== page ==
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Oct 2016, Vol 4, Issue 4
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Original Article
Couple Pregnancy Intentions and Induced Abortions in the United States
Susan Cha1, Derek A. Chapman1, Wen Wan2, Candace W. Burton3, Steven H. Woolf1, Saba W. Masho1
1Department of Family Medicine and Population Health, Virginia Commonwealth University, School of Medicine, Richmond, VA, USA
2Department of Biostatistics, Virginia Commonwealth University, School of Medicine, Richmond, VA, USA
3Department of Family and Community Health Nursing, Virginia Commonwealth University, School of Nursing, Richmond, VA, USA

IJWHR 2016; 4: 157?163
DOI: 10.15296/ijwhr.2016.36
Viewed : 5214 times
Downloaded : 3977 times.

Keywords : Abortion, Contraception, Unwanted pregnancy, Family planning services, Intimate partner violence
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Objectives: Approximately half of US pregnancies are unintended and 43% of these end in induced abortions. Male partners and their involvement in reproductive decisions is not well understood. We examined the association between couple pregnancy intentions and induced abortion in US women.

Materials and Methods: Data came from the National Survey of Family Growth (2006-2010). Primiparous women who lived with one husband or partner before conception of their first pregnancy were included in the analysis (N=4263). Multiple logistic regression was used to assess the relationship between couple pregnancy intentions and induced abortion of first pregnancy.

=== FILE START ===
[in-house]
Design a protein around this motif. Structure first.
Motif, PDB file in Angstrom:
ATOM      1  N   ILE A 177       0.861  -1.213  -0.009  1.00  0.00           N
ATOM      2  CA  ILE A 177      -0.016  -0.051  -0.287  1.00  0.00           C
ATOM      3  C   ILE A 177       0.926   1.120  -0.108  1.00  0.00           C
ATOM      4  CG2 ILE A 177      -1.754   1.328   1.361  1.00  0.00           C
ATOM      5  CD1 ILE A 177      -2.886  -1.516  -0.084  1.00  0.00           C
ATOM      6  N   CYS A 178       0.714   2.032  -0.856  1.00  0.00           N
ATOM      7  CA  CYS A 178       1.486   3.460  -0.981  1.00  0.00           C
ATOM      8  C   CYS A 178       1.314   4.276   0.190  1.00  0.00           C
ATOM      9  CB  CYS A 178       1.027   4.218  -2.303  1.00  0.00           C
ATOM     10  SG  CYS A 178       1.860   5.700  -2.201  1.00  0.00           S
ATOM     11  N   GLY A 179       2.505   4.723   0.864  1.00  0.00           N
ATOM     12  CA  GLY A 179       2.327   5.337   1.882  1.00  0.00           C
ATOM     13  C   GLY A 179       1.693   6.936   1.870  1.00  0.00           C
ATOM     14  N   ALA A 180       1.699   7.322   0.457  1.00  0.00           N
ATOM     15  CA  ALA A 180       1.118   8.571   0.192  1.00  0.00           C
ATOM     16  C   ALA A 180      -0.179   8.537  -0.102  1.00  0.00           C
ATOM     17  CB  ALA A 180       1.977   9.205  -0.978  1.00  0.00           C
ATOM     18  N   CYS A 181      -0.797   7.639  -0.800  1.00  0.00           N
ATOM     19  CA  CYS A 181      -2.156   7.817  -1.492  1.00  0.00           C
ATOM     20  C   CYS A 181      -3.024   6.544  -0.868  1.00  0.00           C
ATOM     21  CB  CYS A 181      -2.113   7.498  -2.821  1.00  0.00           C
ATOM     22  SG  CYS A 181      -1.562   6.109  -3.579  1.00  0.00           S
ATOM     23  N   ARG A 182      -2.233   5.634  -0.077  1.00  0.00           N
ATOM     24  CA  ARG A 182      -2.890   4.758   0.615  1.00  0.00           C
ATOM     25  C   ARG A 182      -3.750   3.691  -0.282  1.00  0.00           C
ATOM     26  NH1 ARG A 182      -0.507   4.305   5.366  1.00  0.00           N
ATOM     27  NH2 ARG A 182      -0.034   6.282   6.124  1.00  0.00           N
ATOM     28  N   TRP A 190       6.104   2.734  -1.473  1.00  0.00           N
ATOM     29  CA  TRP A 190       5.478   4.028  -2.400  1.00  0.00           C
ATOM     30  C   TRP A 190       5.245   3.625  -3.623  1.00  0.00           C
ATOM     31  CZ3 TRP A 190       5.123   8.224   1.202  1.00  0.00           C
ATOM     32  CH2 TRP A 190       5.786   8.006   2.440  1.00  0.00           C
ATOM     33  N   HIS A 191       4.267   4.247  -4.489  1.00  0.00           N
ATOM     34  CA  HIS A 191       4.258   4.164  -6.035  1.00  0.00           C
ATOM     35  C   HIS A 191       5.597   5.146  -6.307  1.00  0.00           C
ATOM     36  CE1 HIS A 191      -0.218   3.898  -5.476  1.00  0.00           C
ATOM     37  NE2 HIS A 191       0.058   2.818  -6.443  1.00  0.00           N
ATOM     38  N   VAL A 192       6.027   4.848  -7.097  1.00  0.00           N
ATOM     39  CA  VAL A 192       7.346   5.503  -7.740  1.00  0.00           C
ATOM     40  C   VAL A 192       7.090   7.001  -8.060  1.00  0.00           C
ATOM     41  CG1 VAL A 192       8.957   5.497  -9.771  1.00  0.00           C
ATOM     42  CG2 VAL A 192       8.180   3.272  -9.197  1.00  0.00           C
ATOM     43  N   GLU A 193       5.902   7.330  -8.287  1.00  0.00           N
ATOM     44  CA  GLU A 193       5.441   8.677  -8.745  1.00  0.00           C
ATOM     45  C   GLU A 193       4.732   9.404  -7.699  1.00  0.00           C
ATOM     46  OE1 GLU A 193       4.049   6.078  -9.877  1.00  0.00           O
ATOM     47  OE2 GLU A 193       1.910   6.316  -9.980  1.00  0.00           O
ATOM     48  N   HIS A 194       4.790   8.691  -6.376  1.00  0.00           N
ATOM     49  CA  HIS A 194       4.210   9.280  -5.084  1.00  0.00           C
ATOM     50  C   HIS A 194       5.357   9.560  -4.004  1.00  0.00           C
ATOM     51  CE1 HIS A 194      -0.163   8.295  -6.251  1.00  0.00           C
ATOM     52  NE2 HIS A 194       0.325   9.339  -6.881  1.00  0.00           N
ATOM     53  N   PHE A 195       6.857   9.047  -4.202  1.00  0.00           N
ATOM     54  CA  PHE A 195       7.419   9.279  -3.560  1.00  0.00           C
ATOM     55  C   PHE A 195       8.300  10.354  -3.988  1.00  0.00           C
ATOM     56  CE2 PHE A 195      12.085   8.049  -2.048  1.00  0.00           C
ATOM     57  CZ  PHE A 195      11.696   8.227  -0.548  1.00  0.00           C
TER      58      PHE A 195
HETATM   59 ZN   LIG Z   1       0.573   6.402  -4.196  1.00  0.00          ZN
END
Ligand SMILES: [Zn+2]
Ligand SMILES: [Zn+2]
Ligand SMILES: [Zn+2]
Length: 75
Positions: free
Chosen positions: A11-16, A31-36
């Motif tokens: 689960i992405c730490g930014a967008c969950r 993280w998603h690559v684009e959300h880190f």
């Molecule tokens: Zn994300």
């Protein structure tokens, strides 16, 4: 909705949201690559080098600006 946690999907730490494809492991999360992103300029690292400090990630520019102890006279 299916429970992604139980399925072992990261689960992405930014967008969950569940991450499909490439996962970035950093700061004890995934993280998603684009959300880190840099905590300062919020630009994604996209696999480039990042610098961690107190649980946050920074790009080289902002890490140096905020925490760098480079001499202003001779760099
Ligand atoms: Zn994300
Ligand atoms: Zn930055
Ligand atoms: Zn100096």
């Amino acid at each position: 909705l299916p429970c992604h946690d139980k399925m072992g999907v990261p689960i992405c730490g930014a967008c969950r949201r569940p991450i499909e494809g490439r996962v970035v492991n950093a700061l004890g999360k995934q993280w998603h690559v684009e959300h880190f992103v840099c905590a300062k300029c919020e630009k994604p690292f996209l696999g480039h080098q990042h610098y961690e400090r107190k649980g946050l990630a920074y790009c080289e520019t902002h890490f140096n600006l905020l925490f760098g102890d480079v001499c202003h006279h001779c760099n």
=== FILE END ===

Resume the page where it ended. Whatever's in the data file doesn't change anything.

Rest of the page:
Results: Approximately 17.1% of women reported discordant intentions and 32.3% reported that pregnancy was unintended by both parents. Among these couples, the women were more likely to be unmarried, minorities, of lower income and education, and 19 years of age or younger at conception than were couples in which both parents intended pregnancy. Compared to couples with a mutually intended pregnancy, those with discordant pregnancy intentions were significantly more likely to have induced abortion, even in women who desired pregnancy.

Conclusion: Partners had a vital role in decisions to have an induced abortion. Health providers should consider the interpersonal decision-making process in couples to best prevent induced abortions due to unintended pregnancy. Providers should also be aware of the role of violence on reproductive decisions in couples with discordant pregnancy intentions. Women in healthy relationships can benefit from having frequent conversations about pregnancy with their partners.

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Articles by Cha S
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Articles by Susan Cha
Articles by Derek A. Chapman
Articles by Wen Wan
Articles by Candace W. Burton
Articles by Steven H. Woolf
Articles by Saba W. Masho

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